On the other hand, there are also examples that illustrate the potential downsides. Some of the systems in use today to help deliver social payments or underpin engagements between citizen and state have their origins in repressive or exclusionary policies; examples include Spain and South Africa. Several countries have committed millions of dollars to ID systems that have delivered few benefits to the poor; in some cases, the formalization of identification processes had led to increased statelessness and marginalization. But, given the many powerful drivers for implementing the new systems, it is not realistic to turn back the clock. Every country in Africa, for example, either has, or has committed to, a national ID system. The task is to ensure that digital ID systems are as development-friendly as possible.
Making Digital ID Work for Development
How can stakeholders support development-focused ID systems? First, they should take the SDG agenda seriously. Together, the identity-related goals and targets include virtually all the useful applications of ID systems. If there is not a coherent plan to link systems with such uses, the ID-related investments are not likely to produce much of a development return.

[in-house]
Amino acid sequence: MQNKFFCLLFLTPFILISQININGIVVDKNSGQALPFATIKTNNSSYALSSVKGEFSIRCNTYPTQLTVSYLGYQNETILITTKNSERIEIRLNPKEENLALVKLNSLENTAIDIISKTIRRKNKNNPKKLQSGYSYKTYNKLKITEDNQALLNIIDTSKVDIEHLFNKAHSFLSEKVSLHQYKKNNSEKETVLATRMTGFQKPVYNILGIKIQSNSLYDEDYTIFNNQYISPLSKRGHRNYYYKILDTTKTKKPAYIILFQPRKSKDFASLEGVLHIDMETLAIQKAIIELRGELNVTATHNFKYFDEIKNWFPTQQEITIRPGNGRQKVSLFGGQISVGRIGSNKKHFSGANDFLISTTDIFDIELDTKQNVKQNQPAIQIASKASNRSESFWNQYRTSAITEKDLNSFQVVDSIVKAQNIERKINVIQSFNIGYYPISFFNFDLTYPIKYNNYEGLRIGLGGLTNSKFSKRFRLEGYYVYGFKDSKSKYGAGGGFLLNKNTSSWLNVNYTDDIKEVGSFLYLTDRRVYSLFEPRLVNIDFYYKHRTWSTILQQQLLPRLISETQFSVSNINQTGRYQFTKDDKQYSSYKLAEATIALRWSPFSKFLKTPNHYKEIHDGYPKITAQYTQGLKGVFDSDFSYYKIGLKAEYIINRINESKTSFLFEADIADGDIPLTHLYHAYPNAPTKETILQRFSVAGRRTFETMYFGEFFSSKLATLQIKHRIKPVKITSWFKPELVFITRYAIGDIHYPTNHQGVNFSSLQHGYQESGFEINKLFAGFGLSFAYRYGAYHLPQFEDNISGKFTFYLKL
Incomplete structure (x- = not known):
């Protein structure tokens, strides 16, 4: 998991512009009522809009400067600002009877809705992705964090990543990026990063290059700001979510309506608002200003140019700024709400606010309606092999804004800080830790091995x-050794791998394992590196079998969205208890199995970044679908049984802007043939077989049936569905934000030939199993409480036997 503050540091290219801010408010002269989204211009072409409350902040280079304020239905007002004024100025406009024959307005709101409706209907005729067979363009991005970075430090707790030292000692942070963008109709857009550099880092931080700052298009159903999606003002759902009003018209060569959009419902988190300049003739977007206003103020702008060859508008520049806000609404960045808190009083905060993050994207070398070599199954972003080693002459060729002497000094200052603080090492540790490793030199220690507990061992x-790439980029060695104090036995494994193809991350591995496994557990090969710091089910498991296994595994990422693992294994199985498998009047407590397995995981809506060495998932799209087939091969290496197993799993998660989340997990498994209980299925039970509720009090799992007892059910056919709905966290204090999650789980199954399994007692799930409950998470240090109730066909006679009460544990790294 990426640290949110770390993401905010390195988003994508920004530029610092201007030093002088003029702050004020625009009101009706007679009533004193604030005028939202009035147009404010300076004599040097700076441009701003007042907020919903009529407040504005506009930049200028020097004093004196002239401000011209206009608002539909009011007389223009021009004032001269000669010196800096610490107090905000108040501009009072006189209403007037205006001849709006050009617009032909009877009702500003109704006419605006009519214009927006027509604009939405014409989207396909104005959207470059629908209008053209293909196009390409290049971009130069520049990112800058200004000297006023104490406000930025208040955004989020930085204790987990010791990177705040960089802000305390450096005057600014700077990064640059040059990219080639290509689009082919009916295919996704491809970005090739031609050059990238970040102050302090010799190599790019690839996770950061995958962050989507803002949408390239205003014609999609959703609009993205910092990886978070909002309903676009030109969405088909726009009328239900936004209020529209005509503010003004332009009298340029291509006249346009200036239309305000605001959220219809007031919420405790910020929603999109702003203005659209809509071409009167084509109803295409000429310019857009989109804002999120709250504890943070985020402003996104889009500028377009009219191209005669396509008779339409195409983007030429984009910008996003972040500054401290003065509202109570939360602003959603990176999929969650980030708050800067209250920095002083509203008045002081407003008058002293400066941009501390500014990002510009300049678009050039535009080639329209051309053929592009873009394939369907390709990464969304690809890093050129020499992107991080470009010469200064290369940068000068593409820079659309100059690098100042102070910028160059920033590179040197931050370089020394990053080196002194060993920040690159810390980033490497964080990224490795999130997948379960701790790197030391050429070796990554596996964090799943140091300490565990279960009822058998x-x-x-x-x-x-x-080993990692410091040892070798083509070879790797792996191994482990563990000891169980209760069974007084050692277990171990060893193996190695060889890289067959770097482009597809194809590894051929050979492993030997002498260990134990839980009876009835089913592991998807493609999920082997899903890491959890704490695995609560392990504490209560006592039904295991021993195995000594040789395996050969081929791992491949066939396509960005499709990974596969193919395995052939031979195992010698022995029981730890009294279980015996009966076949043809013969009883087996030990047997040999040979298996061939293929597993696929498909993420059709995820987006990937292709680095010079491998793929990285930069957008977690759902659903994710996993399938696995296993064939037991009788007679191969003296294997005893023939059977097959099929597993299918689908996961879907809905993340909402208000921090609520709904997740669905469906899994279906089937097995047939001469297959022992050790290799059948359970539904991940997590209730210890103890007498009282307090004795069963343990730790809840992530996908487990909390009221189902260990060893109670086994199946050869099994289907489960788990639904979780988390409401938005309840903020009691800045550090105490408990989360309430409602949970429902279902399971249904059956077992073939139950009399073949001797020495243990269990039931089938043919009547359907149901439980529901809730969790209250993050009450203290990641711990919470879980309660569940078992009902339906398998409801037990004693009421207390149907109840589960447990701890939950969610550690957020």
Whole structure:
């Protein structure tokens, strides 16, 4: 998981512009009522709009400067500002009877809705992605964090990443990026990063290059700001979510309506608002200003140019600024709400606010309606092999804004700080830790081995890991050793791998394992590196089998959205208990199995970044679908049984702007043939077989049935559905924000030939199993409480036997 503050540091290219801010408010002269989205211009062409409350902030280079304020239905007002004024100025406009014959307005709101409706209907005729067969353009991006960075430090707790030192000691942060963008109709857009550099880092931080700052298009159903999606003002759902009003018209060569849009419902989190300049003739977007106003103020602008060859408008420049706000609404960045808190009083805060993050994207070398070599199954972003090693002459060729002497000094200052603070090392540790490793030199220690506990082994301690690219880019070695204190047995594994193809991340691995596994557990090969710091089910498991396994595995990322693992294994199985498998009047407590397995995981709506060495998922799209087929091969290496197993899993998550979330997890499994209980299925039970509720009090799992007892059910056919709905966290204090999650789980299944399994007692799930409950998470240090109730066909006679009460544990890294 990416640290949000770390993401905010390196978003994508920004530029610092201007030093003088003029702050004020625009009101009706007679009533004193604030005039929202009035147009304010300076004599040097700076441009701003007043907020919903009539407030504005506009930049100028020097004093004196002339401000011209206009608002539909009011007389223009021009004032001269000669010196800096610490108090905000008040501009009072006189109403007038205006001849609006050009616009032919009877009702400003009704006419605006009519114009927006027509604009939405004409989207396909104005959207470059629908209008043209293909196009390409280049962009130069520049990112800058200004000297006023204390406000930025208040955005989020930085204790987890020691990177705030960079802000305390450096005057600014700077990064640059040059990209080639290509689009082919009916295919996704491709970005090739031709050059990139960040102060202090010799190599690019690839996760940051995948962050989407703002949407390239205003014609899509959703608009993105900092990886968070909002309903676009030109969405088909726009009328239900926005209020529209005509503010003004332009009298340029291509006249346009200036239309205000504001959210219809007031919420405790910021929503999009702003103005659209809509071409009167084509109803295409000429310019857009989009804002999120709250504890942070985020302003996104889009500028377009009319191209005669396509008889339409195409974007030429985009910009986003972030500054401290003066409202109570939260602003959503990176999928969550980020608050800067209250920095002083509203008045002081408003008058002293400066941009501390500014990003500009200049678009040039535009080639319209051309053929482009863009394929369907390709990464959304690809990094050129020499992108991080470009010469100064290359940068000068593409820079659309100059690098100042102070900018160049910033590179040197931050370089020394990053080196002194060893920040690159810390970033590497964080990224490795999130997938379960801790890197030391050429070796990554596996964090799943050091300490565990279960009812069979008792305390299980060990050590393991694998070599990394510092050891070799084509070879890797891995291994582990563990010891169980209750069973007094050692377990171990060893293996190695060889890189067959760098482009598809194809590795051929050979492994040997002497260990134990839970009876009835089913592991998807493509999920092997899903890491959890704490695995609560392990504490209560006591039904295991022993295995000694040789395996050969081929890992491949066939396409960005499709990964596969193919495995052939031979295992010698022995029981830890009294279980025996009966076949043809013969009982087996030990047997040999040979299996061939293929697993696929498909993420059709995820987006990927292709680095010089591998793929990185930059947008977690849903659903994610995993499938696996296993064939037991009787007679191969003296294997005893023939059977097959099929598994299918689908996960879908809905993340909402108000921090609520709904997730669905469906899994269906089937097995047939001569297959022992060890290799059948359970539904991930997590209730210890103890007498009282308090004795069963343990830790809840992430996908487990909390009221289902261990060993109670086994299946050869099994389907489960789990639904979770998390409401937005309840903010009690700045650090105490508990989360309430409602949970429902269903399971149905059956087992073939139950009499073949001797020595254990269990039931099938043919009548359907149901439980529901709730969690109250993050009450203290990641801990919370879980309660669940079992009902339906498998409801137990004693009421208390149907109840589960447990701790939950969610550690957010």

Second, governments and development partners should move towards a more strategic view of identification policies and systems as a component of development policies and investments, including the goal of an integrated, lifetime system encompassing civil registration and identification. This strategic priority applies to both developing countries and their development partners; in previous research we found that donors have been supporting many ID programs, but in an ad hoc way directed to particular projects, whether a transfer or health program, or an election. This approach may have supported useful experimentation but has also contributed to multiple redundant systems.
Third, the development community needs to move toward a common set of principles to help shape engagement. These include the essential principle of inclusion of poor and vulnerable groups; a focus on the legal and institutional basis for the systems to ensure that they support, rather than erode, users’ rights (including data privacy: only about half of developing countries have a legal framework covering this area); and technical features and standards to ensure robust performance and avoid countries being locked-in by vendor-specific hardware and software.